The Quiet Healing Power of Hair Braiding in Times of Stress
While many of the hobbies we’ve picked up during the pandemic have functioned as welcome diversions, there are some seemingly simple pursuits that are far more than a mere distraction—they're humble activities that can serve as eye-opening ways to find joy and even heal emotional wounds. Hair braiding, for instance, one of the most common worldwide beauty and self-care practices, also happens to be deeply therapeutic. The manual, repetitive pattern—over and under, up and down—in itself is a sort of tactile mantra focused on bringing something together rather than taking it apart.
“It’s the fact of creating oneness,” says Miami-based journalist, multimedia artist, and hair-braiding virtuoso, Danié Gómez-Ortigoza. “In Mexico, the indigenous tribes say that you should always tie your hair so that your thoughts are not scattered.”
A Mexico native, Gómez-Ortigoza is known for her ornate braids decorated with ribbon and canvas textiles for added visual effect (follow her mesmerizing artistry on Instagram @journeyofabraid). For her, braiding is so much more than a style statement; it’s a daily form of meditation. Fashioning a braid is her equivalent to getting ready to face the world, no matter what's happening. Whether there’s a pandemic or a major societal change, for Gómez-Ortigoza, the intimate act of braiding signifies a sense of normalcy and habit, even on the toughest days.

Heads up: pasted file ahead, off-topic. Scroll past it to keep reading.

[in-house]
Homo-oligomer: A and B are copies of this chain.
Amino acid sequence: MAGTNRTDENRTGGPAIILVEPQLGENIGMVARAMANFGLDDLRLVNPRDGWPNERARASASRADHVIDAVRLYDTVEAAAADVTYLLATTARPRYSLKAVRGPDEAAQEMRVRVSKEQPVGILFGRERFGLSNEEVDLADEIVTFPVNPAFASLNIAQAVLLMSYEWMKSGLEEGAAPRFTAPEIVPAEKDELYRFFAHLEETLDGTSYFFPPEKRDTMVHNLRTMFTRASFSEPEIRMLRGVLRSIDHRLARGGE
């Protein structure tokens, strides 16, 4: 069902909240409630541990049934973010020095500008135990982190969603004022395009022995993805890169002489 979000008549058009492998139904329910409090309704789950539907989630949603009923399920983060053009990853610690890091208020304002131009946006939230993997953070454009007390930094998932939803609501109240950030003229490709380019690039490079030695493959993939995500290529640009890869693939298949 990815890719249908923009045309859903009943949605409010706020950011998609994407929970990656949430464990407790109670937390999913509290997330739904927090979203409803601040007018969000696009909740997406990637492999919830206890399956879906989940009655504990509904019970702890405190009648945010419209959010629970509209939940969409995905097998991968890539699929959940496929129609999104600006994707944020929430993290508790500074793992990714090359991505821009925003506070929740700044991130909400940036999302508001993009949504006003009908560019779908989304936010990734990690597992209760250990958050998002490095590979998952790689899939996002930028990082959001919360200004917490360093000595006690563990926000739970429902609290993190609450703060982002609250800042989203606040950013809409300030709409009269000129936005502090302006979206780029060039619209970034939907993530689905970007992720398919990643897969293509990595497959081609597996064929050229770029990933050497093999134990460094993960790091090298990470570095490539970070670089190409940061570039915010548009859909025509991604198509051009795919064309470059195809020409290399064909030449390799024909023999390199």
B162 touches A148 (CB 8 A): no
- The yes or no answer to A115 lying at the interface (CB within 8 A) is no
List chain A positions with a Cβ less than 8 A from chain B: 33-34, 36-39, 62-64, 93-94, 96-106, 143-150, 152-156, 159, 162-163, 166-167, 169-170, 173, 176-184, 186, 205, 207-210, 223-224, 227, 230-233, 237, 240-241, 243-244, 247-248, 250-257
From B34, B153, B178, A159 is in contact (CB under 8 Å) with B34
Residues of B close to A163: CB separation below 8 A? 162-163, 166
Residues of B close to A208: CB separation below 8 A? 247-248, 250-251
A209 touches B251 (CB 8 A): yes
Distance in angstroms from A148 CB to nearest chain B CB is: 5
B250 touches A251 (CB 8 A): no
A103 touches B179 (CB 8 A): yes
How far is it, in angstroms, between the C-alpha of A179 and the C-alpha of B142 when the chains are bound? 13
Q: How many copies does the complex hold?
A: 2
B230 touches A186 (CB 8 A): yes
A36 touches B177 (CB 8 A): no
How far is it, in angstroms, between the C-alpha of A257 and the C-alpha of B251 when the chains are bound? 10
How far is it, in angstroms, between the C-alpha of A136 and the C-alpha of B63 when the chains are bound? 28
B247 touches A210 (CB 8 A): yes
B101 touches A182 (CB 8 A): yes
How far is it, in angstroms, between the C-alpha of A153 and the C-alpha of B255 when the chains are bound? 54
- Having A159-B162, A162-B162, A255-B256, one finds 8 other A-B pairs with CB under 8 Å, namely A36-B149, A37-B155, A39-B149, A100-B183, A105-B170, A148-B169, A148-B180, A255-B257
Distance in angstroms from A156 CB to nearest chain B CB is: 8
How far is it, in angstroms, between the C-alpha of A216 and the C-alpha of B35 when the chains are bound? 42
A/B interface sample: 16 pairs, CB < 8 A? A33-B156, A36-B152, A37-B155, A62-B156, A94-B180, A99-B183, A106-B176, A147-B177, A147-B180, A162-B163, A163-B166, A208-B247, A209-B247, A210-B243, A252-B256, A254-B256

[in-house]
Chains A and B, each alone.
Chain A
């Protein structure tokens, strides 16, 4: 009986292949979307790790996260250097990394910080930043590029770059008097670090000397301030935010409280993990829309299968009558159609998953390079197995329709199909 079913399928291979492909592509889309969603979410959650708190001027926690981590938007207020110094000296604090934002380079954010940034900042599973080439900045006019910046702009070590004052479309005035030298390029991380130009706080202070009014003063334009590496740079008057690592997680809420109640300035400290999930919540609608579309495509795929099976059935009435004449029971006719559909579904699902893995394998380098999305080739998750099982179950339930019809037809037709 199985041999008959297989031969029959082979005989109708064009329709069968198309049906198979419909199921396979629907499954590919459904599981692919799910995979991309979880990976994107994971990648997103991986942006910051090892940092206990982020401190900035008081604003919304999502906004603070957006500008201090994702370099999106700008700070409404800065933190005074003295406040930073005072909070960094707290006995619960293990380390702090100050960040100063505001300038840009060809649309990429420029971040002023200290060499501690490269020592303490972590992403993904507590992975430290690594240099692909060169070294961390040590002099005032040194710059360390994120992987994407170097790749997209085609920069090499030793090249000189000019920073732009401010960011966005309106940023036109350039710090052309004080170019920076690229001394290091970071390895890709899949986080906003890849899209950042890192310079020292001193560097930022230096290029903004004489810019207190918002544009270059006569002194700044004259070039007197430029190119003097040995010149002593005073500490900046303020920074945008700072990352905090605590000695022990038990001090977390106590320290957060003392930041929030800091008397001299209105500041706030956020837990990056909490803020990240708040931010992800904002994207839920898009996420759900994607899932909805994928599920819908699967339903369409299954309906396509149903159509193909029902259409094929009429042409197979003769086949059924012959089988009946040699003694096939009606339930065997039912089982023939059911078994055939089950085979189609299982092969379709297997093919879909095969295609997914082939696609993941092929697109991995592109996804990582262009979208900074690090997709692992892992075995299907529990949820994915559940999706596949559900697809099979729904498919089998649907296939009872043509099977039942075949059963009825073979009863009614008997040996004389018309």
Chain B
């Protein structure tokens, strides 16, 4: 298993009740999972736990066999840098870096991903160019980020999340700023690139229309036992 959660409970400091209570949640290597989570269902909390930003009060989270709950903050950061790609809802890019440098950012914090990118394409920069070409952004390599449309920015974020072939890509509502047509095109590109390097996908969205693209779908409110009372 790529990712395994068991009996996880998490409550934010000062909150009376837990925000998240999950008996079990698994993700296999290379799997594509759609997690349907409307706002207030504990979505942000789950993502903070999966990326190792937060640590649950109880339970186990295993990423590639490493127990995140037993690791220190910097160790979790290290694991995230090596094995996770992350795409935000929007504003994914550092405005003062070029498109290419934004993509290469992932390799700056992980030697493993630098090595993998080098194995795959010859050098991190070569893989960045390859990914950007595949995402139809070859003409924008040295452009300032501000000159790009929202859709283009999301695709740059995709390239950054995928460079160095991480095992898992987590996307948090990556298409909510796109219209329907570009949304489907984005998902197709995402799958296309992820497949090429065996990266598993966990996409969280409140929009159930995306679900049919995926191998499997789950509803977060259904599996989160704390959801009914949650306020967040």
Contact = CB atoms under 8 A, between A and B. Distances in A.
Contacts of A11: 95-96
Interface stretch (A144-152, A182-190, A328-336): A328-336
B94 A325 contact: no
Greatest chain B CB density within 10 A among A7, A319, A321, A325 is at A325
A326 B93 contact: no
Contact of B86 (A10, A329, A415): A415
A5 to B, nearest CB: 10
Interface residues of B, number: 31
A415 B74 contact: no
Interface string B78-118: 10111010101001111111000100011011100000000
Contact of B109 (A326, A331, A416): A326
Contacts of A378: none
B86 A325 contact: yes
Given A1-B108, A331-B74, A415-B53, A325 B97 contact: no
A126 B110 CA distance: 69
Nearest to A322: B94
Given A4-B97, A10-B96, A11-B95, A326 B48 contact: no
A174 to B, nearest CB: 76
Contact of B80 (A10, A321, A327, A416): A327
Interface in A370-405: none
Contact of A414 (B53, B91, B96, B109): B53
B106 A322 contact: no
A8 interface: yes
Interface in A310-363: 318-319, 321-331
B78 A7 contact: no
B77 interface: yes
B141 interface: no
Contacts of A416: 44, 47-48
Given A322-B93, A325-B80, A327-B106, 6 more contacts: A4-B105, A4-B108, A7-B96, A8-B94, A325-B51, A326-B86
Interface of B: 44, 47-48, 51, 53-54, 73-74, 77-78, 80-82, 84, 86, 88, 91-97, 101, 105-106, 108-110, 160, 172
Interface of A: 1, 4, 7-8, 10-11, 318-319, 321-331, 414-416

The history of braiding can be traced back thousands of years. Ancient stone paintings in North Africa, dating back to 3500 BCE, depict a woman wearing cornrows, and evidence of elaborate box braids and hair extensions was found on the remains of a woman buried in Egypt around the 1300s BCE. Across Africa, braids of varying styles, sizes, and levels of intricacy and embellishment were worn not only for cosmetic beauty but to convey one's age, social status, marital status, wealth, tribe affiliation, religion, and power. Over hundreds of centuries, the braid has appeared in societies and cultures across the entire globe, spanning from Russia, where braids were a sign of chastity; to China, when men wore the queue braid as a sign of submission to Qing rule; to Scandinavia, where distinct variants denote different religious expressions; to Native American tribes and many indigenous Latin American peoples.
Many cultures believe the crown of the head has a sacred connection to their ancestors or gods; in others it’s the gateway to a particular chakra. And there is perhaps something special in the simple act of taking care of our heads, and what’s on it, that offers a certain solace. Today, wearing a braid can be a sign of just about anything you please, or simply a way to calm your mind and body. We often take hair for granted—cutting, coloring, and transforming it—but there is much more to it. Gómez-Ortigoza believes everyone should try to braid their hair at least once. Here, she makes her case for the healing powers of hair braiding that she appreciates daily.